1 cup coarsely chopped zucchini
1 cup chopped celery
1 cup chopped scallions
4 cups water
2 cups quinoa, rinsed and drained
1 cup canned chick-pears, rinsed and drained
1 cup shredded low-fat Cheddar cheese, divided
1/2 cup shredded low fat Swiss cheese, divided
1/4 cup seasoned dry bread crumbs

  • Preheat the oven to 350F. Coat a 2 quart casserole with non-stick spray.
  • In a large non-stick frying pan over medium heat, melt the margarine.  Add the zucchini, celery and scallions; cook, stirring frequently, for 3 to 4 minutes, or until tender.
  • Stir in the water, quinoa, chick-peas, 3/4 cup of the Cheddar and 1/4 cup of the Swiss.  Spoon into the prepared casserole.  Cover and bake for 45 minutes, or until the liquid has almost been absorbed.
  • Sprinkle with the bread crumbs and the remaining 1/4 cup Cheddar and 1/4 cup Swiss.  Bake, uncovered, for 15-20 minutes, or until all the liquid has been absorbed and the cheese has melted.
Very easy to make, nice texture, just missing 'bite.  What to do.

First I added a bit of fresh ground black pepper.  Helped, but not enough.  Then I turned to my standby: Sweet Chili Sauce for Chicken from Cock Brand.  This sauce it sweet and spicy with bits of red chili floating freely.  This stepped up the flavour of the dish and I emptied my bowl and went back for a bit more.

Still lots left.  Dinner with daughter.  Heated a carton of no-salt added Chicken broth from Campbells.  Spooned some quinoa into a bowl, ladled in some broth and finished warming in the microwave.  Great soup.

Still lots left in the casserole.  Lunch the next day.  Again, what to do.  I spooned a cup or so into a bowl, cracked an egg and mixed it through.  Into the microwave to warm and cook the egg.  After cooking I added a dollop of Sweet Chili and sauce and ate.  It was ok.

Still lots left. Lunch on day three.
I'm getting a bit more adventurous.  A pat of butter in the small frying pan, let it melt.  Spoon in about 3/4 to 1 cup of quinoa casserole.  Let it fry for a few minutes on medium.  I wanted a bit of a crust to form.  Using the back of a spoon I made a hollow.  Spooned in a layer of Roasted Tomato Chipotle Salsa and cracked an egg.  Put on a lid and let the egg cook.   Turned off the heat, added a slice of Havarti cheese, put the lid on so the heat would melt the cheese.  Sort of slid this onto my dish and it made a wonderful lunch.

There is still a bit left in the fridge, don't know if it will get eaten in any of the above fashions, but my imagination is up to the challenge.

Do you have any favourite 'saves' for when a recipe just doesn't work with your taste buds?
For more foodie fun, be sure to visit Beth Fish Reads for her Weekend Cooking Post.  You are invited to join in the culinary fun by adding a link to your recent food related post.

Tuesday, 17 January 2012

Needlework Tuesday - No Drip Icecream Cones

Needlework Tuesday is open to all readers looking for inspiration, encouragement or who want to share their recent needlework project. Introduce yourself in the comments and be sure to leave a link to your current post. Feel free to grab the cute little mouse for your post.

In last week's post I shared with you the start of my latest project: knit and crochet ice cream cones.   Be sure to visit that post for links to the patterns.  I was able to finish the project and add lots of sprinkles/beads to bring them to life.  I loved how they turned out, though I don't think I will be making any for myself, well, except maybe for a soft serve.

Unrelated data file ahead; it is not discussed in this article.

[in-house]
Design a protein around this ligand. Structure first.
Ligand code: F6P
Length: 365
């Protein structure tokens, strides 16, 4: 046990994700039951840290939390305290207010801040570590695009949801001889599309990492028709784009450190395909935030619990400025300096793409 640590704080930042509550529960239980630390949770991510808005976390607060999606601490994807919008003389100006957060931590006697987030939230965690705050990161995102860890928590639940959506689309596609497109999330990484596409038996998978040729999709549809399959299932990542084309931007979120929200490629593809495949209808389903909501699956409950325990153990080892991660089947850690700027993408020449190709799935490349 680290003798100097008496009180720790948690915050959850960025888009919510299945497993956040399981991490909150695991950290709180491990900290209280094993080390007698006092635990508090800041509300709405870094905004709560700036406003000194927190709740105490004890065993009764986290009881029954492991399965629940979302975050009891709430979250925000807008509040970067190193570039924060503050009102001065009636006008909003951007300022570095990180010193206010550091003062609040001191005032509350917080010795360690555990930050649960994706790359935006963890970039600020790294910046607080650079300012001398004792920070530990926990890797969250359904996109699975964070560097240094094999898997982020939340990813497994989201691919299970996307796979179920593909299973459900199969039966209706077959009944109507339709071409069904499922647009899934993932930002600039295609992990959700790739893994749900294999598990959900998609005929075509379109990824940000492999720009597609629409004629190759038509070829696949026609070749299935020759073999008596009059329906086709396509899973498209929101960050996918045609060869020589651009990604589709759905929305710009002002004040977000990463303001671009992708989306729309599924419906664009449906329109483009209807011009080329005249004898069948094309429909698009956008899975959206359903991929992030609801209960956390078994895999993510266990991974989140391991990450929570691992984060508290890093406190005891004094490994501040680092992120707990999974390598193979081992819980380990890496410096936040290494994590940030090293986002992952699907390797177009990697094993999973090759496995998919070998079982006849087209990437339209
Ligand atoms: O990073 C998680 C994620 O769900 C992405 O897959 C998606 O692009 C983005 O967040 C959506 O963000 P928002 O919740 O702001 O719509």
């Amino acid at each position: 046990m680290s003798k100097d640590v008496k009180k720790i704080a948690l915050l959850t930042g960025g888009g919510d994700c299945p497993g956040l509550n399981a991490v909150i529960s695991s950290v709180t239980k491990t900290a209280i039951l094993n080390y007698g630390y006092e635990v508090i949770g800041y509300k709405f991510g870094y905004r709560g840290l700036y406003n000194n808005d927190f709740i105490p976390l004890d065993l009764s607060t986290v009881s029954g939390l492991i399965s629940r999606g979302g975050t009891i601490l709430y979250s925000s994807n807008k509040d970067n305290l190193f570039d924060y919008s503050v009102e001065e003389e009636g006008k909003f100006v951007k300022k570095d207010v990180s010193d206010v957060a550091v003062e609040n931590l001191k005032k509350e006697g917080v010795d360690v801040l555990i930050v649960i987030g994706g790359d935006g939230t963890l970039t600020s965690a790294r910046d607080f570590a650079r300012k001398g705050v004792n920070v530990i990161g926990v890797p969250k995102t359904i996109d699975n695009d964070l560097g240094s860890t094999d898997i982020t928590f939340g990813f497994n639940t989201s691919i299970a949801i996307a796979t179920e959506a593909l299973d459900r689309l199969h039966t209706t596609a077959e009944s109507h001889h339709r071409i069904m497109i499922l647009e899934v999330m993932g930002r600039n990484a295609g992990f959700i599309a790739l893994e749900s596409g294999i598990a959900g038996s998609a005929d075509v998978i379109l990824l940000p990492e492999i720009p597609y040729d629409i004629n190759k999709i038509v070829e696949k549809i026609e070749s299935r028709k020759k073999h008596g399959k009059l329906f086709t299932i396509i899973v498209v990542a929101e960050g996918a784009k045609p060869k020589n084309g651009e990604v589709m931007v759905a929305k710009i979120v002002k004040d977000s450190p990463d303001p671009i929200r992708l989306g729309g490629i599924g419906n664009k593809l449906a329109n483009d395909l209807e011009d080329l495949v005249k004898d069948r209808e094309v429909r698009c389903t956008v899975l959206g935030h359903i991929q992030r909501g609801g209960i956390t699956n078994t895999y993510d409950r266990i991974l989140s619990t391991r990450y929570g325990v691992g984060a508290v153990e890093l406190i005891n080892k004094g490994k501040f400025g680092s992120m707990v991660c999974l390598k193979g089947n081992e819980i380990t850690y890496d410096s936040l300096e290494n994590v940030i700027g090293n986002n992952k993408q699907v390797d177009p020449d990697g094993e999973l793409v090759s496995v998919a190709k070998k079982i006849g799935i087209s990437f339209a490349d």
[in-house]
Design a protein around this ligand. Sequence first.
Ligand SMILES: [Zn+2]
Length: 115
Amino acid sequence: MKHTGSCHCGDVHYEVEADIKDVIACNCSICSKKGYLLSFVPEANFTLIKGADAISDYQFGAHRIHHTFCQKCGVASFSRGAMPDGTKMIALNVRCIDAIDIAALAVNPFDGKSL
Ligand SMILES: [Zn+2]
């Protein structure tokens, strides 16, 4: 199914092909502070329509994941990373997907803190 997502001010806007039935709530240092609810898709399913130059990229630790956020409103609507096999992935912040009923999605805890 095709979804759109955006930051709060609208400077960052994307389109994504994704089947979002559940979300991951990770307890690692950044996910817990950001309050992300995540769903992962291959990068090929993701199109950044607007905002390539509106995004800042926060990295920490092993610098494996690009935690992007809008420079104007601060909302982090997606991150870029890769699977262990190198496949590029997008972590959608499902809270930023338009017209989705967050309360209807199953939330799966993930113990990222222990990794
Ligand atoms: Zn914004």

My cousin and her fiance love the cones and plan to display them in their ice cream shop.  Unfortunately I managed to chose flavours and styles of cones that they don't sell in their shop.  I do believe they have sprinkles.

What's next?  As I mentioned last week, I have a million un-finished projects that I do want to work on.  I am going to put some pressure on my self and commit here to working on them. 
  • quilt and bind small Chinese inspired wall hanging
  • finish plaid boxers   - Completed January 20, 2012
  • finish banana boxers    - Completed January 20, 2012
  • finish blue bug boxers
 Be sure to check back next week to determine whether I achieve these goals.  None of them will take much work, it's just a matter of me actually sitting at my sewing machine and working on them. My plan is to load a new audio book onto my ipod and listen to that while I stitch.  I want to send the little wall hanging to my sister for her birthday in  less than a month.  Considering that Canada Post says I need up to two weeks mailing time, I don't have any time to waste.

Did you receive a BlackBerry Playbook for Christmas, Linda at living, quilting and stuff has posted instructions of how to sew the perfect cover.
Do you have plans to finish up a project that has been lingering for far too long.  Share it here and I'll help encourage you along the way.

Saturday, 14 January 2012

Weekend Cooking: Curried Squash and Carrot Soup

I was at my parents for few days earlier this week. Shortly after I arrived, my mother showed  me a soup recipe she had taken from her newspaper  the previous weekend.  I took this as a nudge that she and my father would like me to make it for dinner.  The combination of curry, butternut squash and carrots was very appealing.  Since I hadn't made a soup were you roasted the vegetables before hand, I was ready to try this.

The first photo shows the vegetables ready to go in the oven.  I had to keep checking their progress to ensure that the onions didn't burn.

Curried Squash and Carrot Soup  (printable version at this link)
by Jill Wilcox, columnist for the London Free Press
Serves 8-10
  • 2 tbsp. (25 ml) vegetable oil
  • 2 tbsp. (25 ml) melted butter